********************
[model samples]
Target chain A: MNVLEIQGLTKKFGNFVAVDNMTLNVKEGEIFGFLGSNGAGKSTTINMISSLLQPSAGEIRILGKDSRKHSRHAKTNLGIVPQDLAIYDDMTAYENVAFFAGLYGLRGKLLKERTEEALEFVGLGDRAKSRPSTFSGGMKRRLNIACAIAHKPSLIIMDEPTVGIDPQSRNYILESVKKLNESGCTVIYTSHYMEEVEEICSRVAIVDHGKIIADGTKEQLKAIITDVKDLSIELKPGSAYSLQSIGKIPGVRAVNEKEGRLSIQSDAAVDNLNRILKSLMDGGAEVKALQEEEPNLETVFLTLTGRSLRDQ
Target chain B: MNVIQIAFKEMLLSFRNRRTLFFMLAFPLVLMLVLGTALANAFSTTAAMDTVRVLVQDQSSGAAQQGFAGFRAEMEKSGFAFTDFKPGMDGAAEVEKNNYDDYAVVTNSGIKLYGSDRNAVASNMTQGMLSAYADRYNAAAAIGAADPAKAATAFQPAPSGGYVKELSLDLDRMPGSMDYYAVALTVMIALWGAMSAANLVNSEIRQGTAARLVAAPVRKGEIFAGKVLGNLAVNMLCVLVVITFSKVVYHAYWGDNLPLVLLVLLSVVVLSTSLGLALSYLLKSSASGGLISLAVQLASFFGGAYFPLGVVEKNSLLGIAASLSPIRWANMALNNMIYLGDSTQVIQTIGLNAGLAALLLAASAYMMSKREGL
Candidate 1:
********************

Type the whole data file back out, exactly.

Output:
[model samples]
Target chain A: MNVLEIQGLTKKFGNFVAVDNMTLNVKEGEIFGFLGSNGAGKSTTINMISSLLQPSAGEIRILGKDSRKHSRHAKTNLGIVPQDLAIYDDMTAYENVAFFAGLYGLRGKLLKERTEEALEFVGLGDRAKSRPSTFSGGMKRRLNIACAIAHKPSLIIMDEPTVGIDPQSRNYILESVKKLNESGCTVIYTSHYMEEVEEICSRVAIVDHGKIIADGTKEQLKAIITDVKDLSIELKPGSAYSLQSIGKIPGVRAVNEKEGRLSIQSDAAVDNLNRILKSLMDGGAEVKALQEEEPNLETVFLTLTGRSLRDQ
Target chain B: MNVIQIAFKEMLLSFRNRRTLFFMLAFPLVLMLVLGTALANAFSTTAAMDTVRVLVQDQSSGAAQQGFAGFRAEMEKSGFAFTDFKPGMDGAAEVEKNNYDDYAVVTNSGIKLYGSDRNAVASNMTQGMLSAYADRYNAAAAIGAADPAKAATAFQPAPSGGYVKELSLDLDRMPGSMDYYAVALTVMIALWGAMSAANLVNSEIRQGTAARLVAAPVRKGEIFAGKVLGNLAVNMLCVLVVITFSKVVYHAYWGDNLPLVLLVLLSVVVLSTSLGLALSYLLKSSASGGLISLAVQLASFFGGAYFPLGVVEKNSLLGIAASLSPIRWANMALNNMIYLGDSTQVIQTIGLNAGLAALLLAASAYMMSKREGL
Candidate 1: